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Michael Wong, JD
A doctor describes his personal experience of surviving sepsis. He is now a passionate advocate of early diagnosis and treatment of the disease.
Continuous monitoring can help improve patient safety when opioids are given in the hospital but it is important not to contribute to the staff's alarm fatigue.
A hospital pharmacist describes how his hospital was able to reduce medication errors by 82% by following these five recommendations.
A hospital failed to monitor a high-risk patient being given opioids for pain. She died. This death could have been prevented with continuous monitoring.
After celebrated animator Paul Buisson died of an in hospital opioid overdose, three key steps were identified that could have prevented his death.
Giving patients a decision-making role in their pain plan and providing them with the information they need to arrive at informed mutual decisions is foundational for opioid safety.
CMS bundled payments for joint replacements are designed to reign in costs, but what's not in the bundle could pose patient safety risks.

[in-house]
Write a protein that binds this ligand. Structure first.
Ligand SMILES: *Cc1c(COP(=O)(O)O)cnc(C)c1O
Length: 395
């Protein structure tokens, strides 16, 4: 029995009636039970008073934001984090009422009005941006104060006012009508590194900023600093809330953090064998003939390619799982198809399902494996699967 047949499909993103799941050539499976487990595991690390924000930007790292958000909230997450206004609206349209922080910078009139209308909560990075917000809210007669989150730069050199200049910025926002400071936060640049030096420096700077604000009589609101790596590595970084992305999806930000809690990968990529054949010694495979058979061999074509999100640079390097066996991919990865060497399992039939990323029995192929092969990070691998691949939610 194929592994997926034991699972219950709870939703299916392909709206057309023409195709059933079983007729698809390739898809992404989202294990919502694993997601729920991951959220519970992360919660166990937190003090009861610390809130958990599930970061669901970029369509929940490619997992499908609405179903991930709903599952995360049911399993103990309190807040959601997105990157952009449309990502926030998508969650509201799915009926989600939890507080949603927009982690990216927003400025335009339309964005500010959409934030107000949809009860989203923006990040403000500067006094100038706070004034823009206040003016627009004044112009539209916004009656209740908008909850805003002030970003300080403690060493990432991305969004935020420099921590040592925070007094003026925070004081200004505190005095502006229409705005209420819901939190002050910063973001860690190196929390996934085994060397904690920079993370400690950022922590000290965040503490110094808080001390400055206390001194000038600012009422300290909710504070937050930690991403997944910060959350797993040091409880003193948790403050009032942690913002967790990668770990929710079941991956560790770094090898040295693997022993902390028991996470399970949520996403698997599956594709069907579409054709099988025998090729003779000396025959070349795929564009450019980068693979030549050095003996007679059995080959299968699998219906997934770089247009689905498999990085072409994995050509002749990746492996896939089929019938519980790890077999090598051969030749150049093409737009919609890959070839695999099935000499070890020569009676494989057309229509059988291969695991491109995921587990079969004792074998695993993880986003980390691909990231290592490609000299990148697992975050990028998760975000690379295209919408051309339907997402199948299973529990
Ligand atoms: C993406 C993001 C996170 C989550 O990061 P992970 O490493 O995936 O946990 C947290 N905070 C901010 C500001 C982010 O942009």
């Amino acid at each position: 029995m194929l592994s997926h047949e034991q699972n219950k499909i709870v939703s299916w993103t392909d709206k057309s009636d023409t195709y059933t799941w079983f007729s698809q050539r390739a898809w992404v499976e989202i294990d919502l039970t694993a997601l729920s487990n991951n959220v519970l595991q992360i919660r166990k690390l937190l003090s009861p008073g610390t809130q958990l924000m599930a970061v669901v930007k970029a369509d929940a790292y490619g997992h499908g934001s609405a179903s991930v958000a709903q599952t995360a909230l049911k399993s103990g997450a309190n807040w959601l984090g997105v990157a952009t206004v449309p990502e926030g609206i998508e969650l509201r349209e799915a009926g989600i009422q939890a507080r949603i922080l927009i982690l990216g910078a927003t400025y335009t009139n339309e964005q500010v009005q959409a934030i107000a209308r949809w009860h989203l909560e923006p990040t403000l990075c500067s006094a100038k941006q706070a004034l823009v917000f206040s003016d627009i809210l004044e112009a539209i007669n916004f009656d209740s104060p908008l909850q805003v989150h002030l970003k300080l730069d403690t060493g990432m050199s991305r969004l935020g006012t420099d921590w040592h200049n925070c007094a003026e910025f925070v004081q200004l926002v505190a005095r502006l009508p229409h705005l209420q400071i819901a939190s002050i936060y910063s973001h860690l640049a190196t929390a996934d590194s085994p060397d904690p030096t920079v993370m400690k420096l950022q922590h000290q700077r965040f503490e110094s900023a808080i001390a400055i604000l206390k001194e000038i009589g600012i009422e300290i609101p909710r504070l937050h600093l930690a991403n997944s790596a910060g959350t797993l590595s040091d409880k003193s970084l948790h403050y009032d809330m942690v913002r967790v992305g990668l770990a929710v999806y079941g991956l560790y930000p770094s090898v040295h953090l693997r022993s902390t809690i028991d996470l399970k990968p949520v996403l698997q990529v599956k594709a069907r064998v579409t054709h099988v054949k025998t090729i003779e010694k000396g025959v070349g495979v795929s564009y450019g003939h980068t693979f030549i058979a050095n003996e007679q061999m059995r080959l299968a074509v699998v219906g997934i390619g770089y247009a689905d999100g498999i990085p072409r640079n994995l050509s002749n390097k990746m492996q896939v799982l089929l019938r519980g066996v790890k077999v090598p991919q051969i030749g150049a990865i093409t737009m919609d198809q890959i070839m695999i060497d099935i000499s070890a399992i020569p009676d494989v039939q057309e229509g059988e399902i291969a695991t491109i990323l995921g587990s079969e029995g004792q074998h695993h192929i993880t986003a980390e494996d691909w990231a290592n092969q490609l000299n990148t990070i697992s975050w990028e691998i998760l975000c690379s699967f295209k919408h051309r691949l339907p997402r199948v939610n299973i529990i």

Ideally, the clinical decision to monitor or not monitor patients receiving opioids with the available technology of pulse oximetry (for oxygenation) and capnography (for ventilation adequacy) should not be an option. However, hospital resource constraints may pose impediments to monitoring all patients receiving opioids.
To reduce patient deaths, hospitals need to become “highly reliable” organizations.
The patient pulmonary index gathers measures of end-tidal CO2, pulse oximetry, respiratory rate, and pulse rate into a single 10-point scale.
Although procedures in which conscious sedation are used are generally safe for patients, the American Society of Anesthesiologists cautions that there are risks to over-sedating or under-sedating patients.
There are 4 key steps to reduce the risk of blood clots in obese pregnant women are plan, prevent, post-discharge care, & follow OB VTE Safety recommendations.
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